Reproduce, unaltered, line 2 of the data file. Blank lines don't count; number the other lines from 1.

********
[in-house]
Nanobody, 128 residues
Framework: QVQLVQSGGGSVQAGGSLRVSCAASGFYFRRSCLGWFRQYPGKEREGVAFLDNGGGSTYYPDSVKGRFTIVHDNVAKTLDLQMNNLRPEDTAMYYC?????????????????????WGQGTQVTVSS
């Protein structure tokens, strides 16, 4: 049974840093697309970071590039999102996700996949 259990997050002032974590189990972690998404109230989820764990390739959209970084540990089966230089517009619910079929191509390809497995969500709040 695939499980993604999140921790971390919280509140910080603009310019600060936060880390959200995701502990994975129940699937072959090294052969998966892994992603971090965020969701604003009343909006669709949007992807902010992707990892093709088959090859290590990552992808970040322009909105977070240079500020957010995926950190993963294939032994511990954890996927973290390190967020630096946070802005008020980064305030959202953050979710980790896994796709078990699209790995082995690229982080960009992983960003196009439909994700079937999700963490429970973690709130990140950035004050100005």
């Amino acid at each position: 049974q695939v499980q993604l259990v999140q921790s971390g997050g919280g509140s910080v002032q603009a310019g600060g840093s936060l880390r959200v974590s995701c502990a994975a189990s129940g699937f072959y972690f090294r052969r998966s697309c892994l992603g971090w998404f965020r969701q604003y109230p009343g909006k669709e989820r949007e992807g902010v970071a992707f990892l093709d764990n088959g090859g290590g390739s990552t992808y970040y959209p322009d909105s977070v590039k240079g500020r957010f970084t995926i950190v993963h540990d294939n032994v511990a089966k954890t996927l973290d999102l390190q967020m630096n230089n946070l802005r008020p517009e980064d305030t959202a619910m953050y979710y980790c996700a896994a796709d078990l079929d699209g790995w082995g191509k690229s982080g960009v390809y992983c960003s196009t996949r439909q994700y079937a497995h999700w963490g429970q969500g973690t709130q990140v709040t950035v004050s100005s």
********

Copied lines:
Nanobody, 128 residues